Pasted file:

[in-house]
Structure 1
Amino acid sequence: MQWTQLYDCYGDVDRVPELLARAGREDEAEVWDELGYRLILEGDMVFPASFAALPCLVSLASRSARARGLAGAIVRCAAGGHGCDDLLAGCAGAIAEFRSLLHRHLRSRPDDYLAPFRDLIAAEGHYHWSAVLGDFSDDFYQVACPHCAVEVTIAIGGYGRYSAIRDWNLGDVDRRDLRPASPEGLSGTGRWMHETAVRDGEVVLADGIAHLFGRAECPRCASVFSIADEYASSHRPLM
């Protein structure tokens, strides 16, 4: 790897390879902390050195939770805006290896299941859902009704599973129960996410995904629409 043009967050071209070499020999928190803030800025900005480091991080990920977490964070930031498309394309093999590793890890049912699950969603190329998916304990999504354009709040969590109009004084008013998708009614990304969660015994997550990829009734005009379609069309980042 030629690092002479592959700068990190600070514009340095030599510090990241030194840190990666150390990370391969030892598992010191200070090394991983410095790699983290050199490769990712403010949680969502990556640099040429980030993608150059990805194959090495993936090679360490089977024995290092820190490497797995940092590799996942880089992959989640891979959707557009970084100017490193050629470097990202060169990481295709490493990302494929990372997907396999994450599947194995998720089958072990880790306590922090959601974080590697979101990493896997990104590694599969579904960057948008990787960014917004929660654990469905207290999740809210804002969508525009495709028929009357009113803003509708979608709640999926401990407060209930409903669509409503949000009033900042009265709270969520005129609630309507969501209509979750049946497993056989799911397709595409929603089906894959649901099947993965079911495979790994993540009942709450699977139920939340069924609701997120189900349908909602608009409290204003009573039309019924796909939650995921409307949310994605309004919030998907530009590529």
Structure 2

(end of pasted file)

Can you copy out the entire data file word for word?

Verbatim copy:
[in-house]
Structure 1
Amino acid sequence: MQWTQLYDCYGDVDRVPELLARAGREDEAEVWDELGYRLILEGDMVFPASFAALPCLVSLASRSARARGLAGAIVRCAAGGHGCDDLLAGCAGAIAEFRSLLHRHLRSRPDDYLAPFRDLIAAEGHYHWSAVLGDFSDDFYQVACPHCAVEVTIAIGGYGRYSAIRDWNLGDVDRRDLRPASPEGLSGTGRWMHETAVRDGEVVLADGIAHLFGRAECPRCASVFSIADEYASSHRPLM
């Protein structure tokens, strides 16, 4: 790897390879902390050195939770805006290896299941859902009704599973129960996410995904629409 043009967050071209070499020999928190803030800025900005480091991080990920977490964070930031498309394309093999590793890890049912699950969603190329998916304990999504354009709040969590109009004084008013998708009614990304969660015994997550990829009734005009379609069309980042 030629690092002479592959700068990190600070514009340095030599510090990241030194840190990666150390990370391969030892598992010191200070090394991983410095790699983290050199490769990712403010949680969502990556640099040429980030993608150059990805194959090495993936090679360490089977024995290092820190490497797995940092590799996942880089992959989640891979959707557009970084100017490193050629470097990202060169990481295709490493990302494929990372997907396999994450599947194995998720089958072990880790306590922090959601974080590697979101990493896997990104590694599969579904960057948008990787960014917004929660654990469905207290999740809210804002969508525009495709028929009357009113803003509708979608709640999926401990407060209930409903669509409503949000009033900042009265709270969520005129609630309507969501209509979750049946497993056989799911397709595409929603089906894959649901099947993965079911495979790994993540009942709450699977139920939340069924609701997120189900349908909602608009409290204003009573039309019924796909939650995921409307949310994605309004919030998907530009590529």
Structure 2